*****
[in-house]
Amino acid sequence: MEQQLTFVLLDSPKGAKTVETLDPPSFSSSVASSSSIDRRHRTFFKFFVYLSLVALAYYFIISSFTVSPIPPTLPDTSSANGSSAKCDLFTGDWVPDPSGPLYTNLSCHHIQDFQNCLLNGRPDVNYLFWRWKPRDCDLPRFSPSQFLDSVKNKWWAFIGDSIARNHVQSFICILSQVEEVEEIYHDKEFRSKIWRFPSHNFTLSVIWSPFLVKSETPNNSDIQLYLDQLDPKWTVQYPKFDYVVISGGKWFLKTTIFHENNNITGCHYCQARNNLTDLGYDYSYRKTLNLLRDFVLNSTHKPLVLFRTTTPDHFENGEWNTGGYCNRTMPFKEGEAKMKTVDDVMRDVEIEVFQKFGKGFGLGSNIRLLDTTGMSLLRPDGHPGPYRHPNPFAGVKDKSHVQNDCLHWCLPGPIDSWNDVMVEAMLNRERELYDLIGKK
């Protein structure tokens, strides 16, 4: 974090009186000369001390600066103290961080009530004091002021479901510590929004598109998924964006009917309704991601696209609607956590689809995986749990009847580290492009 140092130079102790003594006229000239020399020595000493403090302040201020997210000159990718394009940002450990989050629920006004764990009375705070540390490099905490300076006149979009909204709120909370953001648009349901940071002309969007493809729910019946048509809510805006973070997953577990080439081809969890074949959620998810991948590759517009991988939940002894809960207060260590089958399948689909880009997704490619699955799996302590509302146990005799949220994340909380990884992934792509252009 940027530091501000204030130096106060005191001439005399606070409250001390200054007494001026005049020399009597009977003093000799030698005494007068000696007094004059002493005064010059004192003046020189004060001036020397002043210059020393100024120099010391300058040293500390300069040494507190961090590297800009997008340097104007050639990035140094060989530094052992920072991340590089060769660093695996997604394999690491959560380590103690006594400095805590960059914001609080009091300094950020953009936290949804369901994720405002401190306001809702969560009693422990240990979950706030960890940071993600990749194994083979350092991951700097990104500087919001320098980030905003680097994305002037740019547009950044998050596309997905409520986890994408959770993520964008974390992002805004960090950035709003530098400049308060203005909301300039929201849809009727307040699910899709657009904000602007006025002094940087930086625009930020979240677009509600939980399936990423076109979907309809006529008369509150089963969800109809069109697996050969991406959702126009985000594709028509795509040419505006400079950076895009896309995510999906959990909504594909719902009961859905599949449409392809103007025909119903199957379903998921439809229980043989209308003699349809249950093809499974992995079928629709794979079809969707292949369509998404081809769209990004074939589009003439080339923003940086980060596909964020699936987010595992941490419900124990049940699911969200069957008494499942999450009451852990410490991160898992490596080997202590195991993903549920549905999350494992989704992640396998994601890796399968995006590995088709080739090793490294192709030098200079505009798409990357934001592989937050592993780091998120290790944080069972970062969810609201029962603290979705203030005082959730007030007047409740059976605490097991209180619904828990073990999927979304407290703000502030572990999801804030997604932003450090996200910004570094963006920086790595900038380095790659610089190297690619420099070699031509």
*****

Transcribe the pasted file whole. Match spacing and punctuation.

[in-house]
Amino acid sequence: MEQQLTFVLLDSPKGAKTVETLDPPSFSSSVASSSSIDRRHRTFFKFFVYLSLVALAYYFIISSFTVSPIPPTLPDTSSANGSSAKCDLFTGDWVPDPSGPLYTNLSCHHIQDFQNCLLNGRPDVNYLFWRWKPRDCDLPRFSPSQFLDSVKNKWWAFIGDSIARNHVQSFICILSQVEEVEEIYHDKEFRSKIWRFPSHNFTLSVIWSPFLVKSETPNNSDIQLYLDQLDPKWTVQYPKFDYVVISGGKWFLKTTIFHENNNITGCHYCQARNNLTDLGYDYSYRKTLNLLRDFVLNSTHKPLVLFRTTTPDHFENGEWNTGGYCNRTMPFKEGEAKMKTVDDVMRDVEIEVFQKFGKGFGLGSNIRLLDTTGMSLLRPDGHPGPYRHPNPFAGVKDKSHVQNDCLHWCLPGPIDSWNDVMVEAMLNRERELYDLIGKK
């Protein structure tokens, strides 16, 4: 974090009186000369001390600066103290961080009530004091002021479901510590929004598109998924964006009917309704991601696209609607956590689809995986749990009847580290492009 140092130079102790003594006229000239020399020595000493403090302040201020997210000159990718394009940002450990989050629920006004764990009375705070540390490099905490300076006149979009909204709120909370953001648009349901940071002309969007493809729910019946048509809510805006973070997953577990080439081809969890074949959620998810991948590759517009991988939940002894809960207060260590089958399948689909880009997704490619699955799996302590509302146990005799949220994340909380990884992934792509252009 940027530091501000204030130096106060005191001439005399606070409250001390200054007494001026005049020399009597009977003093000799030698005494007068000696007094004059002493005064010059004192003046020189004060001036020397002043210059020393100024120099010391300058040293500390300069040494507190961090590297800009997008340097104007050639990035140094060989530094052992920072991340590089060769660093695996997604394999690491959560380590103690006594400095805590960059914001609080009091300094950020953009936290949804369901994720405002401190306001809702969560009693422990240990979950706030960890940071993600990749194994083979350092991951700097990104500087919001320098980030905003680097994305002037740019547009950044998050596309997905409520986890994408959770993520964008974390992002805004960090950035709003530098400049308060203005909301300039929201849809009727307040699910899709657009904000602007006025002094940087930086625009930020979240677009509600939980399936990423076109979907309809006529008369509150089963969800109809069109697996050969991406959702126009985000594709028509795509040419505006400079950076895009896309995510999906959990909504594909719902009961859905599949449409392809103007025909119903199957379903998921439809229980043989209308003699349809249950093809499974992995079928629709794979079809969707292949369509998404081809769209990004074939589009003439080339923003940086980060596909964020699936987010595992941490419900124990049940699911969200069957008494499942999450009451852990410490991160898992490596080997202590195991993903549920549905999350494992989704992640396998994601890796399968995006590995088709080739090793490294192709030098200079505009798409990357934001592989937050592993780091998120290790944080069972970062969810609201029962603290979705203030005082959730007030007047409740059976605490097991209180619904828990073990999927979304407290703000502030572990999801804030997604932003450090996200910004570094963006920086790595900038380095790659610089190297690619420099070699031509």